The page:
The Pillsbury Family Papers (1848-1958), contain a diary, a survey book, correspondence, literary works, research, and printed material. The papers, consisting of approximately 150 items, are housed in two document boxes. The papers are divided into six series l) diary, 1858-1860, 2) survey book, (1860); 3) correspondence, 1848-1958, 4) literary works, 1932-1940; 5) research; and 6) printed material. The major portion of the collection consists of material from Annie Pillsbury Young, daughter of Josiah H. and Alnora (Pervier) Pillsbury. The first and second series containing a diary (1858-1860) and a survey book (1860) of Josiah H. Pillsbury have significant historical information about his life in the Zeandale Township area, as well as his civil engineering pursuits. The copy of the diary has been translated by Mrs. E.M. Platt of Manhattan, Kansas, as it was in Isaac Pittman shorthand of 1850-60 period. The location of the original diary is unknown. The second folder contains page markers containing notes taken from the copy of the diary. Page numbers have been recorded on the markers for future reference. The diary of Josiah H. Pillsbury documents family history of the Pillsbury clan from 1858 to 1860 in the Zeandale Township area. Recorded are trials of illness and disease, weather hazards, and political turmoil of the period. Through the diary, however, Josiah H. Pillsbury remains a devoted family man, dedicated to preserving a community for which a family could be proud to reside. The work ethic was ingrained in him, as exemplified by being a carpenter, farmer, surveyor, newspaperman, political delegate, teacher, assistant clergyman, and postmaster, during his lifetime. Josiah H. Pillsbury was meticulous with numbers. The survey book (1860) has records of transactions for school, house, and fence building. A major portion is devoted to surveying for road construction into the Manhattan, Kansas area. The correspondence of the Pillsbury Family Papers is the third series in the collection. It is basically composed of letters of Annie Pillsbury Young, daughter of Josiah H. and Alnora (Pervier) Pillsbury. The time period ranges from 1848 through 1958. Mrs. Young was a prolific writer with numerous personal as well as business letters in the seven folders. Many of the letters involved correspondence with her sister Nellie on family concerns. Much of the business correspondence pertained to family genealogy. Folder four contains early letters dated 1871, Folder five contains typescript from 1848 to 1872, The location of the originals is unknown. Both sections give insight into the strong commitment to religion and family life of the Pillsbury family. Also, a firm belief that migrating to the Kansas area was the way of the future. Literary Works comprise the fourth series in the collection. Annie Pillsbury Young devoted time to writing essays and poetry. Some of the material appears to be partially autobiographical, such as "When Mother Was A Girl". She presented many of these writings to the newspaper for printing and to the literary societies' reading circles. The series, ranging in years 1932 to 1940, is contained in thirteen folders. The fifth series is devoted to research on the Pillsbury Family Biographical notes, as well as the personal accounts of Annie Pillsbury Young are incorporated in this section of material. The "Civic Center," in particular, should be of interest to researchers wanting insight into her father's dreams of success for Zeandale Township. Five folders house the research series of the collection. Printed Material is the sixth series in the Pillsbury Family Papers. This folder contains newspaper clippings, songs, and a brief excerpt about Josiah H. Pillsbury, by his son, Arthur J. Pillsbury. Four photographs have been removed from the papers and filed in the University Archives photograph collection. A list of the photographs is located after the container list.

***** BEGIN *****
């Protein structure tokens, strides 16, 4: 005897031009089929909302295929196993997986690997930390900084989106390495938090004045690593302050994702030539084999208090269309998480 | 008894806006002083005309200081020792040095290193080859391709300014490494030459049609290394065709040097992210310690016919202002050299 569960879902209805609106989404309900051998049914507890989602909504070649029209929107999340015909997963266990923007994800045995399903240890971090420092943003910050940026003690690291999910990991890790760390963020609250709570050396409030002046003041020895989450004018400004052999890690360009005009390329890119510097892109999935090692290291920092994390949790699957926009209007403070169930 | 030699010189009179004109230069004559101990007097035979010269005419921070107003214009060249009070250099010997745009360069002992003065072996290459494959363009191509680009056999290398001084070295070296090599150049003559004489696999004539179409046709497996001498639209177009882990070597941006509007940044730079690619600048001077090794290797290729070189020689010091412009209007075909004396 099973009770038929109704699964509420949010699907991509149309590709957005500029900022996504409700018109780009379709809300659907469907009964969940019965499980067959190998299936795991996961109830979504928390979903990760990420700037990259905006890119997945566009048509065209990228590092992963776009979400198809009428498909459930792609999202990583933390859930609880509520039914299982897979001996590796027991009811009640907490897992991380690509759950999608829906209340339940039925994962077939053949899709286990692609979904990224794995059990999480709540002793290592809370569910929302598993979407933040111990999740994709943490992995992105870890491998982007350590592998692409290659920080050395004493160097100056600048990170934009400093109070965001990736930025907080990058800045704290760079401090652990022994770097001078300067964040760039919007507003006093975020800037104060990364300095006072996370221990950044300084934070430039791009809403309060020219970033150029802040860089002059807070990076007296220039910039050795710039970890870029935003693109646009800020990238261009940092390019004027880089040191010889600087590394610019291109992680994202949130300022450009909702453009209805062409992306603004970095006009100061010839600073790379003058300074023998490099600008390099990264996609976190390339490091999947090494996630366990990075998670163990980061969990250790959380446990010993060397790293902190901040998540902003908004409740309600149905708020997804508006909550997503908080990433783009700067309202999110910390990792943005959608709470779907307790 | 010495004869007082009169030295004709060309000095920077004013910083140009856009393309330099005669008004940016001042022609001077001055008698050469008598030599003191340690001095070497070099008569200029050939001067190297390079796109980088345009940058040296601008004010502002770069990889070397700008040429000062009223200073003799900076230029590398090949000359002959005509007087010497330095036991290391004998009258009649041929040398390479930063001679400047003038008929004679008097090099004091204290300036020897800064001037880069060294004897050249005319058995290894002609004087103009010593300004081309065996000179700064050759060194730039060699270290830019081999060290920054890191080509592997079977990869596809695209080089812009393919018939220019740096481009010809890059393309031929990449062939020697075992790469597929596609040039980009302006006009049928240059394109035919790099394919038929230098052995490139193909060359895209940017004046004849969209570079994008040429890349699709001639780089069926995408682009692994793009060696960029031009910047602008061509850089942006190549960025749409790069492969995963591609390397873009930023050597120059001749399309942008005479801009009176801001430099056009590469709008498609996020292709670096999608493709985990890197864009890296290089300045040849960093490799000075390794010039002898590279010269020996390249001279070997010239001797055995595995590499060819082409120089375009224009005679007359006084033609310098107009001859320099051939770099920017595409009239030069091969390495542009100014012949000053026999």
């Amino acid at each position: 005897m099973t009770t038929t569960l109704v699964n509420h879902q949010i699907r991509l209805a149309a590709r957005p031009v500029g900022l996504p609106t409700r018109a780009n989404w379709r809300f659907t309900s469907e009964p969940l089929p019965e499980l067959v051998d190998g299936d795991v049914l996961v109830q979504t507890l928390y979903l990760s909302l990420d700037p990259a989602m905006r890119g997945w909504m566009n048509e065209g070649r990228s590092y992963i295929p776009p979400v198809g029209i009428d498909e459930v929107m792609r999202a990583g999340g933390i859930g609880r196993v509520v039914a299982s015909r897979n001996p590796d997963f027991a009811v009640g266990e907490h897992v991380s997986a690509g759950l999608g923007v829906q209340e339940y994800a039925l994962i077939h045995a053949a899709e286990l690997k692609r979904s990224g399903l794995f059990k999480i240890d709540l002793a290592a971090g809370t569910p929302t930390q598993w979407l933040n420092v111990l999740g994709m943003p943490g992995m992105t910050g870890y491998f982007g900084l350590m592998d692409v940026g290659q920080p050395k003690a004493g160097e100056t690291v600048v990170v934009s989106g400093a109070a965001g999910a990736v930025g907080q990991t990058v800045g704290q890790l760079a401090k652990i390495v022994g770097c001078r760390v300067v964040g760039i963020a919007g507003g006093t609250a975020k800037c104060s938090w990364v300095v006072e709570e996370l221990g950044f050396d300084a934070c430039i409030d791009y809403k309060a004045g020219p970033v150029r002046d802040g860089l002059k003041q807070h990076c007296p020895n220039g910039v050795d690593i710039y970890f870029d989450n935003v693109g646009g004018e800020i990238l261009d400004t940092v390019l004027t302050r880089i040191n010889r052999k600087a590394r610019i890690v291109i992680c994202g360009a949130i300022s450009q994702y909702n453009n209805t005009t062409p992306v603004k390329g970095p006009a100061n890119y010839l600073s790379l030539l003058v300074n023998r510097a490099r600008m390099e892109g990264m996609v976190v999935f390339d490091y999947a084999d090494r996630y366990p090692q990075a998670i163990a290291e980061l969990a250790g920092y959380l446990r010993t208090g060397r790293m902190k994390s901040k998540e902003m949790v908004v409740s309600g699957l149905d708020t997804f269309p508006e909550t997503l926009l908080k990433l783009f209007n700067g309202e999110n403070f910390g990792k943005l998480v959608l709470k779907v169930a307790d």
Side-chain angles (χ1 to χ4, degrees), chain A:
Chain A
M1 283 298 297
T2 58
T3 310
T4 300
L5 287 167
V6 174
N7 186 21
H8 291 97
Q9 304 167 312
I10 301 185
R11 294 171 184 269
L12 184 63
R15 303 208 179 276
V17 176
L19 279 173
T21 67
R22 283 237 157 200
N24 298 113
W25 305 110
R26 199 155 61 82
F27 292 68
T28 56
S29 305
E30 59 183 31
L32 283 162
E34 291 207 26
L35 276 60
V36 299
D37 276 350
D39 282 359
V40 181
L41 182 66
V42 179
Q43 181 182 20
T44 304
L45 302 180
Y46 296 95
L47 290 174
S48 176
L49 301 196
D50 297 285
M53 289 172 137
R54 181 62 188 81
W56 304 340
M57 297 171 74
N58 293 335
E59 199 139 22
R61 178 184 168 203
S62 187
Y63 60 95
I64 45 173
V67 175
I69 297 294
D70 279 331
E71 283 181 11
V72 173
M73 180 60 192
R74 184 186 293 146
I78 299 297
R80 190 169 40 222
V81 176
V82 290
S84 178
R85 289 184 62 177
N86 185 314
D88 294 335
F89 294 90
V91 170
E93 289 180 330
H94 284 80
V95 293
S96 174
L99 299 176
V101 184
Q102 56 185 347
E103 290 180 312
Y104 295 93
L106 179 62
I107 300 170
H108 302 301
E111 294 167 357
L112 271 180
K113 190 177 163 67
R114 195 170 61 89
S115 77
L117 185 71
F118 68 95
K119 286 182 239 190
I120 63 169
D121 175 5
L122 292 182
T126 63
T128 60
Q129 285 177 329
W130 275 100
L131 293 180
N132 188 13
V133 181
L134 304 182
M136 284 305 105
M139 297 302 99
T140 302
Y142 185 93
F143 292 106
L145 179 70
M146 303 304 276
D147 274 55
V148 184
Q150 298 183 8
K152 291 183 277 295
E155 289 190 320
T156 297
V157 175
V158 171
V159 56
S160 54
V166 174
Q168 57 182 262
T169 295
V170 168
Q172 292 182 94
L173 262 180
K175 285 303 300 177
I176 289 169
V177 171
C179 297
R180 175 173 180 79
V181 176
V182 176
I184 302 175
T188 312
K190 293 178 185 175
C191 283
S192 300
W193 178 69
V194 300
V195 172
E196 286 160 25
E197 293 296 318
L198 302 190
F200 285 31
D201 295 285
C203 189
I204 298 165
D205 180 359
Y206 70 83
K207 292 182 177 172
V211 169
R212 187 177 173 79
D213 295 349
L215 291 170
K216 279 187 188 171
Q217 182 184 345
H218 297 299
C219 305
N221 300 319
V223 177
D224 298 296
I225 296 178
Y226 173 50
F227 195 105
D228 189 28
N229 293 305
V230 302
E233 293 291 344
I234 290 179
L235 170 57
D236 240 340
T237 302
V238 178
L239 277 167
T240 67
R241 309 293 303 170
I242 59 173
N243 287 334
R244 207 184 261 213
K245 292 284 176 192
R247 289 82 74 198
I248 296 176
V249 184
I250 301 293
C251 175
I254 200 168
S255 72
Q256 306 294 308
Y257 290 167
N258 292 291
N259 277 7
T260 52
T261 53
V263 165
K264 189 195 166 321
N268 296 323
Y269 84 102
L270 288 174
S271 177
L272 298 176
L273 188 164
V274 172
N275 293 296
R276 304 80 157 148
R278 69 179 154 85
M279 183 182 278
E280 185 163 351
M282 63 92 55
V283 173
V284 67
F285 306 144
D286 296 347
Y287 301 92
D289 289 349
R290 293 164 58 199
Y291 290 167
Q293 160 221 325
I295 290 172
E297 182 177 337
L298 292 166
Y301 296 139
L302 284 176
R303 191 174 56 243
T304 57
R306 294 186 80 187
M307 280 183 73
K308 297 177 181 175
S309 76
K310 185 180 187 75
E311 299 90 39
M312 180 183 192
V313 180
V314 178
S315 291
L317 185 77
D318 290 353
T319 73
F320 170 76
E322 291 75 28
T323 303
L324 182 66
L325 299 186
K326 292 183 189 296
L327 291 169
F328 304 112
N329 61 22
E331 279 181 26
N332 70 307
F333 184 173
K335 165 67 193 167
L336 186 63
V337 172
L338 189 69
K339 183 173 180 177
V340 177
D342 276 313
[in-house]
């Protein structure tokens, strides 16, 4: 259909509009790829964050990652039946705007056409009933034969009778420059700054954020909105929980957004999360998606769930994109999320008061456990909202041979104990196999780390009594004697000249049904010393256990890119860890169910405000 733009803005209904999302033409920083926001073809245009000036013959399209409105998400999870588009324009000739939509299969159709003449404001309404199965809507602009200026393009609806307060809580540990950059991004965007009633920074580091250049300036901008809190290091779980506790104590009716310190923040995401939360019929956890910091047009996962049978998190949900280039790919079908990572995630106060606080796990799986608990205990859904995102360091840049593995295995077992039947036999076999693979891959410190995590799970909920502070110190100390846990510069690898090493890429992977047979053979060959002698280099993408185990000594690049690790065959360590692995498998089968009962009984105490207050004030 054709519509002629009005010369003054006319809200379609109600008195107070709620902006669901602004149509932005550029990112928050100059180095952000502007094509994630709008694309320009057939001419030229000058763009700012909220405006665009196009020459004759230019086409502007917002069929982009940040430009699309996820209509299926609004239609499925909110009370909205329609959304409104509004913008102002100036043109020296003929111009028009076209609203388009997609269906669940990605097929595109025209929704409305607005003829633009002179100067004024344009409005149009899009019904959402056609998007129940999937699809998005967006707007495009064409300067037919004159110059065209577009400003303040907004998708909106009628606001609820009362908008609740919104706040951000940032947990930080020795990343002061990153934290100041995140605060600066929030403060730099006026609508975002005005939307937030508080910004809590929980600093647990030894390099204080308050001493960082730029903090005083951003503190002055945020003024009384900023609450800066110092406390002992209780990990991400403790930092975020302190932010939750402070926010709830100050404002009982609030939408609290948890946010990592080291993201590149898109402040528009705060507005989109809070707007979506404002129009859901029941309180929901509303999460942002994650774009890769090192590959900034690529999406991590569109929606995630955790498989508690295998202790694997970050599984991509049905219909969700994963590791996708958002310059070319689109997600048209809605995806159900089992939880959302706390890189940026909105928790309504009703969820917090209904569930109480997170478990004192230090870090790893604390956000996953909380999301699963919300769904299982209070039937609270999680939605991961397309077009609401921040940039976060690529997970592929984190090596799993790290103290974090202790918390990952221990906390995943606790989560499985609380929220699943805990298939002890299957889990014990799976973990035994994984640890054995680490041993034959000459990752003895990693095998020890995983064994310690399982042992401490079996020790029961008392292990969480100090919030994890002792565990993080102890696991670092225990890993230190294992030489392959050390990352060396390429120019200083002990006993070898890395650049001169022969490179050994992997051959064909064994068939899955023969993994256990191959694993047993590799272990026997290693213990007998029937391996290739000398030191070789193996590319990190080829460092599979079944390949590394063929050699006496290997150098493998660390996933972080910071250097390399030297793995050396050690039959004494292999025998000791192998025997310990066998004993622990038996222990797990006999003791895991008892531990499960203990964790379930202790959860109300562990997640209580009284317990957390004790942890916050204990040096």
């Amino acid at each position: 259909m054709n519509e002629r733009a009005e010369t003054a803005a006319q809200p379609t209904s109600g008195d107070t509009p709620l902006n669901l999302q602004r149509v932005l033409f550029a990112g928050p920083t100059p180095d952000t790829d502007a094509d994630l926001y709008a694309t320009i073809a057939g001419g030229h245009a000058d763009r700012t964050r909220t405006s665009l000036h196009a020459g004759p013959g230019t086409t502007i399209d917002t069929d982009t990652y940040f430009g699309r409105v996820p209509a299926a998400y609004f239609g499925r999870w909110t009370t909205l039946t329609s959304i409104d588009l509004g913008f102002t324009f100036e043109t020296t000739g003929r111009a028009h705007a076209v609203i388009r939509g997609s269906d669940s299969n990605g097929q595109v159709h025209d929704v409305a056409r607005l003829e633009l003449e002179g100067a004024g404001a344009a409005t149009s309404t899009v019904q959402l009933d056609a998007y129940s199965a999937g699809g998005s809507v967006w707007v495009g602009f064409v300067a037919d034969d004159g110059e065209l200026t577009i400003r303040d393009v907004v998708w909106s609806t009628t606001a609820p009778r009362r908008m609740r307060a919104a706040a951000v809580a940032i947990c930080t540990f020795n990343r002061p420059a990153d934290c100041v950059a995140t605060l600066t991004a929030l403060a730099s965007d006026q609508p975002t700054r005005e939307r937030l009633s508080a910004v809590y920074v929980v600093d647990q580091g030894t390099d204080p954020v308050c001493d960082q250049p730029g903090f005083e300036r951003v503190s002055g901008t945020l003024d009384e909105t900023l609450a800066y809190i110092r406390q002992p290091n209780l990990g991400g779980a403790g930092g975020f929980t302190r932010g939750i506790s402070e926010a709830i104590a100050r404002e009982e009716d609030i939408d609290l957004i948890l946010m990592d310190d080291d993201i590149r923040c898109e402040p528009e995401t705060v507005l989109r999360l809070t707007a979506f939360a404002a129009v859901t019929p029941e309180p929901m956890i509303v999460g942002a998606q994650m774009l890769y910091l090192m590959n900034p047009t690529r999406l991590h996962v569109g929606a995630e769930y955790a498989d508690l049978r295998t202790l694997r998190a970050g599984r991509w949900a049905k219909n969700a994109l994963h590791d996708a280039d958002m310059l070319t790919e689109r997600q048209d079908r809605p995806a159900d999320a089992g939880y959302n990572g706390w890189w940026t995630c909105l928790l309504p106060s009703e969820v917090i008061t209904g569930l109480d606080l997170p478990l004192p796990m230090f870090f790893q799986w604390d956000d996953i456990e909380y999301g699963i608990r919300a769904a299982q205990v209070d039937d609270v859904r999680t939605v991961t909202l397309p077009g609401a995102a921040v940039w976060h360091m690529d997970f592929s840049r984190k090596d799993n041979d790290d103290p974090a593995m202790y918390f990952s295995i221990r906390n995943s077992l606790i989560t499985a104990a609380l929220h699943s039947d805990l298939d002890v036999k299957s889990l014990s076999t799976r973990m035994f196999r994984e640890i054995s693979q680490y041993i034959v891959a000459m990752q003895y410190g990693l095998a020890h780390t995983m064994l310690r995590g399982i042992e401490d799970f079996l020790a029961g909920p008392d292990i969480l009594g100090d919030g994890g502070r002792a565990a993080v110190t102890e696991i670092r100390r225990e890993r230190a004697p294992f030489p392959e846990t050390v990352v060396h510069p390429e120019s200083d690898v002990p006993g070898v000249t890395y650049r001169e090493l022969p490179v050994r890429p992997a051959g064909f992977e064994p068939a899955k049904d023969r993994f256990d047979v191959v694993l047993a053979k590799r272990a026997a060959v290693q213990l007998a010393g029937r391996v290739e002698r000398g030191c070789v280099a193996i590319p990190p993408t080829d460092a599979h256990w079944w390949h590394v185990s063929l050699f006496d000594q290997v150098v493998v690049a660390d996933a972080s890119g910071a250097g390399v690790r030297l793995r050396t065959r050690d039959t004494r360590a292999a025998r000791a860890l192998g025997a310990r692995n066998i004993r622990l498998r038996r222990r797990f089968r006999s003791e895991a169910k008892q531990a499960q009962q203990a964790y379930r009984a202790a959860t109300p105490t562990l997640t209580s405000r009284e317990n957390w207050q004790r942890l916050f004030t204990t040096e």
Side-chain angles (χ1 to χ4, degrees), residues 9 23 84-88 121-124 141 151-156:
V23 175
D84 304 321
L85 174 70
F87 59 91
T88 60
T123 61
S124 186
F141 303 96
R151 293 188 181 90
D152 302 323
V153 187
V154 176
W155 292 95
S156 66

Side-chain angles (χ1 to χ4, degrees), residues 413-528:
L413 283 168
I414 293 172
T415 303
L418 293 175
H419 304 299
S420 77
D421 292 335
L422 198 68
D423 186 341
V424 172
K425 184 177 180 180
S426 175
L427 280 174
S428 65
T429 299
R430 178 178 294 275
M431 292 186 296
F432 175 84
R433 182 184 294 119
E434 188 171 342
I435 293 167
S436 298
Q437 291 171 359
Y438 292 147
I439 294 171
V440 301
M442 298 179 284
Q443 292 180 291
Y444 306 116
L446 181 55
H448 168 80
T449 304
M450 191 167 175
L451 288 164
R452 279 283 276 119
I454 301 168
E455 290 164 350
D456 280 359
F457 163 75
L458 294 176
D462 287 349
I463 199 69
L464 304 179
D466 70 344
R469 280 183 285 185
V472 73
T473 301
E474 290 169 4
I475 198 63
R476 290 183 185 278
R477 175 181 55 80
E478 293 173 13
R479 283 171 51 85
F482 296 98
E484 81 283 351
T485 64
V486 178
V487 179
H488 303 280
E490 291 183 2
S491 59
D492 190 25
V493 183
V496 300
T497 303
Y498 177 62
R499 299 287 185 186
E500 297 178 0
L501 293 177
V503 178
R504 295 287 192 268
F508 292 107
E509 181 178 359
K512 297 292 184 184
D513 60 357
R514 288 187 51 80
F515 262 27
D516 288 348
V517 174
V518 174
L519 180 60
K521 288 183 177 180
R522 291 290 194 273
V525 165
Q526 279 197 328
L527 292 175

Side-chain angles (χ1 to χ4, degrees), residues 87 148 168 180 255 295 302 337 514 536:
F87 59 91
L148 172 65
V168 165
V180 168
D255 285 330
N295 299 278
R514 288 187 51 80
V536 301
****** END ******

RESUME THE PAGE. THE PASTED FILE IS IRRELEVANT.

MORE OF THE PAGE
Pillsbury Family